Fort Wayne, Savannah, GA

Just east of Savannah’s Emmet Park and Washington Square are the remnants of one of Savannah’s oldest forts. Fort Wayne, named for the Revolutionary War General “Mad Anthony” Wayne, was first built in the mid 18th century, when it was known as Fort Halifax.

Later captured by the British, the fortification – one of many lesser-known forts and other defensive structures constructed in and around Savannah during the 18th and 19th centuries – was rebuilt and renamed Fort Prevost, after that side’s General Augustine Prevost.

It acquired its present name after the end of the Revolutionary War. The fort’s remains, portions of the old wall, which can be seen along the southern side of East Bay Street (past the intersection with East Broad), date from the 19th century.


Early Fortifications

The strategic importance of the spot to the east of the city on the Savannah River bluff was noticed immediately by Oglethorpe and his first group of colonists. Within a year of the founding of Savannah, defenses had been constructed near the eventual site of Fort Wayne, a 12-gun battery erected on the part of the bluff occupied by present-day Emmet Park.

The first fort proper on the eastern bluff was Fort Halifax, a square fort constructed with wood planks, with a caponier (a covered defensive position) at each corner.

The fort, constructed around 1760-1762, occupied the site of the abandoned Trustees’ Garden, an experimental garden in which mulberry, vines, and other plants were (somewhat unsuccessfully) tended by the early colonists in an effort to discover useful crops for the new colony.

Fort Prevost

In 1779, the British captured Savannah. To defend the city from being retaken by the American side and their French allies, British engineers engaged in extensive works to fortify the town from sea and land attack.

The former Fort Halifax was expanded and reconstructed, the much-strengthened defense renamed Fort Prevost around this time. The new fort was in the rough shape of a star, with bastions on all four sides offering protection against attack from the river and overland. The work was completed by as many as 400 African-American men, mostly enslaved, their labor on the project ordered by Governor James Wright.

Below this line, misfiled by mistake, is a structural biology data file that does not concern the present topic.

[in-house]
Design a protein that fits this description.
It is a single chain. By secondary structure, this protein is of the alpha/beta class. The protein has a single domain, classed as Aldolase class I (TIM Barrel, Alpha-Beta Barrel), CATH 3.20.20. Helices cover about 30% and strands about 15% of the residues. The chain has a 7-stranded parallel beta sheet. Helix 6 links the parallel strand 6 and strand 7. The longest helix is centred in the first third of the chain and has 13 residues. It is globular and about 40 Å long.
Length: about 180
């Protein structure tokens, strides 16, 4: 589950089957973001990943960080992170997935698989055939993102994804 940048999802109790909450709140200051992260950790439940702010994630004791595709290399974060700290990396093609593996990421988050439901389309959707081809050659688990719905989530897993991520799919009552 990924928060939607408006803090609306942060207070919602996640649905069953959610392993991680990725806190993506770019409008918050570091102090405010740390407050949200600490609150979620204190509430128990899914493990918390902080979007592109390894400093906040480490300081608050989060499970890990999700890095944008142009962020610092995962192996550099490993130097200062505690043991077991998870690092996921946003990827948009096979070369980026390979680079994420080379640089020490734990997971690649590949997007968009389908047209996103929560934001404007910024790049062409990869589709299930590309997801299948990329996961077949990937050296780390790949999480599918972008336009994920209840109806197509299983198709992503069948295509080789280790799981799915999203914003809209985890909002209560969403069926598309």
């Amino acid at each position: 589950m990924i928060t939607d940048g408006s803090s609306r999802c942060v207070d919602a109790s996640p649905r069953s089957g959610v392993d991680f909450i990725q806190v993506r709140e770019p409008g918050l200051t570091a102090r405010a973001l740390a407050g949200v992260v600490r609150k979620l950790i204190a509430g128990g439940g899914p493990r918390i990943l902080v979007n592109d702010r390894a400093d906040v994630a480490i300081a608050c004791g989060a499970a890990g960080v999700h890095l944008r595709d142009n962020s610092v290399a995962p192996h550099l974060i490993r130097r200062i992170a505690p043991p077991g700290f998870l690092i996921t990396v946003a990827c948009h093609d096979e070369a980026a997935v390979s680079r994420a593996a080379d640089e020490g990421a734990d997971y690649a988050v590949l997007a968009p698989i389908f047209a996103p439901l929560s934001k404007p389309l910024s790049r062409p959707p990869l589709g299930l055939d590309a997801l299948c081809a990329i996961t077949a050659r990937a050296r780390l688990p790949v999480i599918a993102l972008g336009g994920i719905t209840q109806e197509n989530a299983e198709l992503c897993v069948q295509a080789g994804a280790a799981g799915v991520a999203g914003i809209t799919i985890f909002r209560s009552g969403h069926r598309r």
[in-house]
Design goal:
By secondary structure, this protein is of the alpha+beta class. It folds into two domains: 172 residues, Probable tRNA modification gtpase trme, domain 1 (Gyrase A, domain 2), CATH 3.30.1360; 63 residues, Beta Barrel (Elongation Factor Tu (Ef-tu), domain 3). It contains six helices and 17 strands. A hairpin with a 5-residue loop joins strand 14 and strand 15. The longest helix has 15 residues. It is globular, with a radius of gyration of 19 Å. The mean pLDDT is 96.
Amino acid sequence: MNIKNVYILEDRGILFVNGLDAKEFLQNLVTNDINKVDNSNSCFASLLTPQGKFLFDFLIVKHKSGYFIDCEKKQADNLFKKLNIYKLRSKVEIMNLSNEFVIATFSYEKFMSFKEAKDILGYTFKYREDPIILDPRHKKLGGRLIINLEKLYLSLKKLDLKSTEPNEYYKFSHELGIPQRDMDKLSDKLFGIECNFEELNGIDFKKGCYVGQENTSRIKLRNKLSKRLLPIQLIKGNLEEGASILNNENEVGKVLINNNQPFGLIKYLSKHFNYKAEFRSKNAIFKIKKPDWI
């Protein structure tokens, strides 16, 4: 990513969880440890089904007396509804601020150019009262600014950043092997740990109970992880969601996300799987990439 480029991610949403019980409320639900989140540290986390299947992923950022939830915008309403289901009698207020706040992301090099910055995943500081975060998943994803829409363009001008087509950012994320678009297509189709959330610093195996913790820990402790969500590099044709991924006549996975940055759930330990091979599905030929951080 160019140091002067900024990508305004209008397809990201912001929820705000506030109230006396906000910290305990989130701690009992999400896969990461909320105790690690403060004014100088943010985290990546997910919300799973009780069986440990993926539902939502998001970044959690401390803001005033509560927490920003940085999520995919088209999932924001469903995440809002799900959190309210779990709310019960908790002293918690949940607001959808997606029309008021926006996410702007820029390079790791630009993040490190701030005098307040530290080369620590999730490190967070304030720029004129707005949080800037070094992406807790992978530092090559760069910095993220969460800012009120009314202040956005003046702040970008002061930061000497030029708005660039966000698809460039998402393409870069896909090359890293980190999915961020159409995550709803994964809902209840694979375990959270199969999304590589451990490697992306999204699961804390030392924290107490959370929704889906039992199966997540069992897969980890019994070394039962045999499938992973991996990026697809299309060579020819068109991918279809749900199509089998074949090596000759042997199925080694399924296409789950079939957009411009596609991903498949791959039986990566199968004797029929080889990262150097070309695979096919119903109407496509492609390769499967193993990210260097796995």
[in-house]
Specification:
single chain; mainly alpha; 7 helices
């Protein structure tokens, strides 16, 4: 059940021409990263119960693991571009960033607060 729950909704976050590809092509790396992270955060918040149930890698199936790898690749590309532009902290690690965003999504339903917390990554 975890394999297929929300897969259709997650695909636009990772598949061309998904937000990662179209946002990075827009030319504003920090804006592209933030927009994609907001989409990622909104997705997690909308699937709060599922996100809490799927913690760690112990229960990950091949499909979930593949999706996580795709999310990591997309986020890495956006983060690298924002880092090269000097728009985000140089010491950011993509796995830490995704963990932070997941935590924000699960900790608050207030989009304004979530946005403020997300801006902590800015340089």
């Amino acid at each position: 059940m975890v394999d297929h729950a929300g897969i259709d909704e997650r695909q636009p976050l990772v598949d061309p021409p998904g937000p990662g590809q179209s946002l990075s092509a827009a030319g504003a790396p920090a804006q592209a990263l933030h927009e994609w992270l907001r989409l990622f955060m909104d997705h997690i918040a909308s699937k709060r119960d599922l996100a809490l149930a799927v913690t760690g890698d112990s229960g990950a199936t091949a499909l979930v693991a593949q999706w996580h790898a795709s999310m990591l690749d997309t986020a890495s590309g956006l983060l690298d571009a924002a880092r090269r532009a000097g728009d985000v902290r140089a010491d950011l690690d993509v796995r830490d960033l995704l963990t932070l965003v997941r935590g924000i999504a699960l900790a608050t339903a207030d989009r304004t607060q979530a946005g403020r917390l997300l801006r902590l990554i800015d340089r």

Fort Prevost’s counterpart on the west of the city, at the site of present-day Yamacraw Village, was Fort Moncrief, named for James Moncrief of the British Royal Engineers, who served as Chief Engineer responsible for the construction of Savannah’s Revolutionary War era defenses.

Fort Prevost, together with the nearby battery on the Savannah River, effectively prevented the American and French forces from close-ranged attack on city by ship or from landing troops on the river bank near the town.

The American side failed to recapture Savannah, and the British did not evacuate until 1782. Upon their eventual departure, the by-then-completed fort was renamed once more, for American General Anthony Wayne.


Fort Wayne

Fort Wayne, now under the control of the US Army and the State of Georgia, was of limited military importance after the Revolutionary War, though it still found use as a site of military commemoration. The fort was also at least occasionally involved in Independence Day celebrations.

The death of General Nathanael Greene in 1786 was marked by a firing of guns from the fort, as was the 1789 death of Major General of the Georgia Militia, Samuel Elbert. Both men later had a square named in their honor (Greene Square and Elbert Square, the latter now lost) and General Greene has a monument too.

In the early 19th century, the Second System of coastal fortifications erected a new defensive structure, Fort Jackson, a few miles down the Savannah River. Some Savannah residents were eager that Fort Wayne too should be re-fortified, having fallen into a state of decay in the years since the Revolutionary War.

Federal funds were requested to aid in its reconstruction; slave-owning citizens were asked to donate their male slaves’ labor to the project. The result was a smaller and remodeled Fort Wayne, the southern and eastern works removed and the western wall changed too, leaving a crescent-shaped fortification, completed in 1812.

After the War of 1812, the finished Fort Jackson, together with Fort Augusta on the eastern end of Hutchinson Island, superseded Fort Wayne. The area around the fort was gradually absorbed into the residential and industrial districts on Savannah’s east side, and in 1852, the fort itself was sold to the Savannah Gas and Light Company.


Jim Byous, The Fortresses of Savannah, Savannah Images Project, Armstrong Atlantic State University.

Rita Folse Elliott and Daniel T Elliott, Savannah Under Fire, 1779: Identifying Savannah’s Revolutionary War Battlefield, Coastal Heritage Society, 2009. Free download available from the LAMAR Institute (Report Number 173).